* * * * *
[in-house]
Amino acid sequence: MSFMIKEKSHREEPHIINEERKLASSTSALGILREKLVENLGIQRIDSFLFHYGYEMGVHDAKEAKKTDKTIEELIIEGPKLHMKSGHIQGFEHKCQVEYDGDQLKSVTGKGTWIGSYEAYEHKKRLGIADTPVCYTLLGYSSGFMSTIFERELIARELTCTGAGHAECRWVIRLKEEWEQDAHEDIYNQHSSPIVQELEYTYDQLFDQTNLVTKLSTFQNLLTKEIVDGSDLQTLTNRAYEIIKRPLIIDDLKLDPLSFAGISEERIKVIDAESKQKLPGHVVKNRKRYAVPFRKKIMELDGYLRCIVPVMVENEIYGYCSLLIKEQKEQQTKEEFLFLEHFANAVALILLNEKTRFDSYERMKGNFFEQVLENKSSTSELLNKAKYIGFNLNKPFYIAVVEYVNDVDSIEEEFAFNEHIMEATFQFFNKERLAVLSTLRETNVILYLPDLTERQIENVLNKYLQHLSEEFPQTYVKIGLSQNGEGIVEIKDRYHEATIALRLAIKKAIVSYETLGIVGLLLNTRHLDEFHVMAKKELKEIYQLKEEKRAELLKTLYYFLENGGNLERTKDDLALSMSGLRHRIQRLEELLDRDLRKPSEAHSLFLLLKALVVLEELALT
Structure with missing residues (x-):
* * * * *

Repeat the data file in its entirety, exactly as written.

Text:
[in-house]
Amino acid sequence: MSFMIKEKSHREEPHIINEERKLASSTSALGILREKLVENLGIQRIDSFLFHYGYEMGVHDAKEAKKTDKTIEELIIEGPKLHMKSGHIQGFEHKCQVEYDGDQLKSVTGKGTWIGSYEAYEHKKRLGIADTPVCYTLLGYSSGFMSTIFERELIARELTCTGAGHAECRWVIRLKEEWEQDAHEDIYNQHSSPIVQELEYTYDQLFDQTNLVTKLSTFQNLLTKEIVDGSDLQTLTNRAYEIIKRPLIIDDLKLDPLSFAGISEERIKVIDAESKQKLPGHVVKNRKRYAVPFRKKIMELDGYLRCIVPVMVENEIYGYCSLLIKEQKEQQTKEEFLFLEHFANAVALILLNEKTRFDSYERMKGNFFEQVLENKSSTSELLNKAKYIGFNLNKPFYIAVVEYVNDVDSIEEEFAFNEHIMEATFQFFNKERLAVLSTLRETNVILYLPDLTERQIENVLNKYLQHLSEEFPQTYVKIGLSQNGEGIVEIKDRYHEATIALRLAIKKAIVSYETLGIVGLLLNTRHLDEFHVMAKKELKEIYQLKEEKRAELLKTLYYFLENGGNLERTKDDLALSMSGLRHRIQRLEELLDRDLRKPSEAHSLFLLLKALVVLEELALT
Structure with missing residues (x-):